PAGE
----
Tags on species

 The combination of different sensors in DTAGs has helped us to have a better understanding of the target species foraging and diving behaviour.  Accelerometer, magnetometer and pressure sensor helps with the understanding of the animal’s dive profile and movements, while hydrophones help to understand the animal’s environment and vocalisation.  DTAGs are typically useful for studying whales with long and deep dives as they have been used to understand some aspects of deep diving echolocators’ lives, especially beaked whale. For more information you can watch this video and read this paper by Tyack et al.
The first DTAG was deployed on a right whale in August 1999 in Bay of Fundy, Canada. Since then about 980  DTAG deployments have been done on more than 20 species of marine mammals in different project .

Echolocating and deep-diving species

  • Cuvier’s beaked whale (Ziphius cavirostris).  Cuvier’s beaked whales can dive to 1888m and as long as 85 minutes. They use echolocation clicks and buzzes to find their prey. This species has been tagged in Alboran Sea, Ligurian Sea and North Pacific (southern California).best of 023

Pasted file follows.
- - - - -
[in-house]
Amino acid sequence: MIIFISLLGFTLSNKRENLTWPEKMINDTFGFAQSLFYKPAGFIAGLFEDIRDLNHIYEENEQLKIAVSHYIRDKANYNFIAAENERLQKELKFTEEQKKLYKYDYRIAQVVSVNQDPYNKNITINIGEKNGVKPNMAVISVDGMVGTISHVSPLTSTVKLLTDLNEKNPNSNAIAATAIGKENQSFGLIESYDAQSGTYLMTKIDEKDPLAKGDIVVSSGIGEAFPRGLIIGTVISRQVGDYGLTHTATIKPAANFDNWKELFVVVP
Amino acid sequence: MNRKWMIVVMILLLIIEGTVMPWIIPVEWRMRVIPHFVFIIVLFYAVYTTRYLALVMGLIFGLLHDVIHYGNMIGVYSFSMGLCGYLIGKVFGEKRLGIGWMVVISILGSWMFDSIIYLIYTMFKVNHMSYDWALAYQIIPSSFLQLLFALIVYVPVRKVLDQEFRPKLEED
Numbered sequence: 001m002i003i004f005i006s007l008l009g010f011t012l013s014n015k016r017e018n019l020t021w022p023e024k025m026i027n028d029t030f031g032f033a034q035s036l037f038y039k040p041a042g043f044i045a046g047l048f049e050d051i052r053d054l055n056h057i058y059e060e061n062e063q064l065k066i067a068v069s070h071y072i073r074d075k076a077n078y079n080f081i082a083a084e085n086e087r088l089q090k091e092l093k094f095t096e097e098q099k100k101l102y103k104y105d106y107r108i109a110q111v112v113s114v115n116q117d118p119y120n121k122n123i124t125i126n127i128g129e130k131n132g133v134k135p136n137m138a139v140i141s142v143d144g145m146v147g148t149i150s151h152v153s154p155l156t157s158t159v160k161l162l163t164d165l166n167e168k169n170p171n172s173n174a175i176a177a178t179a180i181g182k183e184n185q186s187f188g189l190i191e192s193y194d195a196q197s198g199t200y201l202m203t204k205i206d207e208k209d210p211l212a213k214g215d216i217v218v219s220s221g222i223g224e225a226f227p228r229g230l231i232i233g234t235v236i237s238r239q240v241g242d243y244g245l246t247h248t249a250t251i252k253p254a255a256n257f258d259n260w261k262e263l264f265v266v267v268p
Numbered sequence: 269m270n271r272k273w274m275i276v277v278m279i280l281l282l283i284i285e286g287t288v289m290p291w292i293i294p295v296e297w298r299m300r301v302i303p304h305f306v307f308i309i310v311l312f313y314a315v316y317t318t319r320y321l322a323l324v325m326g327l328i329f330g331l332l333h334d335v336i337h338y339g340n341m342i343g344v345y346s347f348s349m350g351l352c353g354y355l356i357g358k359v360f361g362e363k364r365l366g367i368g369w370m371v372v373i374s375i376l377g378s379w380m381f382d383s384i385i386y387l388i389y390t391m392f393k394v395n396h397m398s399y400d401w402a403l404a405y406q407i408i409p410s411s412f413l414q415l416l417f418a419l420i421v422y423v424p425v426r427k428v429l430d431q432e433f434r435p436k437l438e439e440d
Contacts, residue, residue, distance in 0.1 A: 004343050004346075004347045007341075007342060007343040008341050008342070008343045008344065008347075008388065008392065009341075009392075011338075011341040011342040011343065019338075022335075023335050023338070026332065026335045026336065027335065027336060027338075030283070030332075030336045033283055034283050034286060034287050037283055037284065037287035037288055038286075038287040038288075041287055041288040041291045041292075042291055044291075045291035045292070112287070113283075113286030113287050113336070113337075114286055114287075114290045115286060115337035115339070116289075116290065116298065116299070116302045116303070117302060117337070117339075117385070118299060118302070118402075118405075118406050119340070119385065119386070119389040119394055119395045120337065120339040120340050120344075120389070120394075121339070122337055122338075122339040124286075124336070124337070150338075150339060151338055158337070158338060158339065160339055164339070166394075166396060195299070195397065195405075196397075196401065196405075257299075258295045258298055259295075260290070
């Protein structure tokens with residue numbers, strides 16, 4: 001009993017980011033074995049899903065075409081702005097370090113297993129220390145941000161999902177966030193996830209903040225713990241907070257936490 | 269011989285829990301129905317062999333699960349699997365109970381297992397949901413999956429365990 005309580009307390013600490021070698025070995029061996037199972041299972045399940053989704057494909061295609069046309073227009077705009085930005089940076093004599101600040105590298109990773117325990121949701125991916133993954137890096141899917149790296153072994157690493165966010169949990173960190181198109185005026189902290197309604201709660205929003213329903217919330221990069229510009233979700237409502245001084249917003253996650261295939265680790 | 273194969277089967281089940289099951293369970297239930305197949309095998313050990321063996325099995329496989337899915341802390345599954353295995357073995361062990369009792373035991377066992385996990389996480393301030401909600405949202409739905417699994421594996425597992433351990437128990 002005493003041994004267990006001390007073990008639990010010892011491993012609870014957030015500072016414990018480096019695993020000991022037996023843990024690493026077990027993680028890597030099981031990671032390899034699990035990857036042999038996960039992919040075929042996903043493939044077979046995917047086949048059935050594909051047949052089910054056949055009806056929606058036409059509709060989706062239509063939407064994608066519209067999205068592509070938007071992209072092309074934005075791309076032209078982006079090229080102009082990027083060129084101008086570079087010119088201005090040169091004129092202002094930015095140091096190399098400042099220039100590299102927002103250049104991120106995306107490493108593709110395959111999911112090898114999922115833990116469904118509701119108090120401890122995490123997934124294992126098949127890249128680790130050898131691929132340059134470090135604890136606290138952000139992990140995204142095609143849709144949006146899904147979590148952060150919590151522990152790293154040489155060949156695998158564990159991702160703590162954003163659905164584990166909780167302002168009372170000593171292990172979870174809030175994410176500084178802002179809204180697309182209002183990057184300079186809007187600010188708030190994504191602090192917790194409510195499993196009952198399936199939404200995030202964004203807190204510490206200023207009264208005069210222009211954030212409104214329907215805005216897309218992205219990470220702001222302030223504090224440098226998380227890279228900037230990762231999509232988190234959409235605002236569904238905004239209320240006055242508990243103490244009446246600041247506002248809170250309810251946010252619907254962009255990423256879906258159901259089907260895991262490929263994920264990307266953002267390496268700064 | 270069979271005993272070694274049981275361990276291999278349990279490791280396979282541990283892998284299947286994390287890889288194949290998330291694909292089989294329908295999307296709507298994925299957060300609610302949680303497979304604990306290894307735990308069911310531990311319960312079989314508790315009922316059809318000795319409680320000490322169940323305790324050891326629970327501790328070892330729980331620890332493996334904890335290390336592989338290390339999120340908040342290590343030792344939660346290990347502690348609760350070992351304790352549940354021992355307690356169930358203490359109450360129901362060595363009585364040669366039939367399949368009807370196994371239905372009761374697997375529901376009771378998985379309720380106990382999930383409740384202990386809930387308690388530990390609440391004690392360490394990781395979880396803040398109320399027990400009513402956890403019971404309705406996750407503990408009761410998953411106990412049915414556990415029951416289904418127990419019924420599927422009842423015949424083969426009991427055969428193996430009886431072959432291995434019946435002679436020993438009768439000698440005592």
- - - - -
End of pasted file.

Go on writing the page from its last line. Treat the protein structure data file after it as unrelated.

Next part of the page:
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    Cuvier’s beaked whale dive profile generated from DTAG metadata. This dive profile belongs to an animal tagged in Liguria, Italy, 2004, by Mark Johnson’s team.

  •  Blainville’s beaked whale (Mesoplodon densirostris). These beaked whales can dive to 1250m and as long as 57 minutes. Like other beaked whales they use echolocation clicks and buzzes to find their prey. Blainville’s beaked whales have been tagged around El Hierro, Canary Islands and Andros Island, Bahamas. 061023_05_Md_CAD_021 - Copy
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    Blainville’s beaked whale dive profile generated from DTAG metadata. This dive profile belongs to an animal tagged in Bahamas, 2007, by Peter Tyack’s team.

    Here is the foraging clicks and buzz of a Blainville’s beaked whale recorded by DTAG.

  • Sperm whale (Physeter macrocephalus). Sperm whales are deep divers; they can dive to more than 1000m and for 45 minutes. They use echolocating clicks to forage. They also have distinctive series of 3-12 clicks called codas which are mostly social.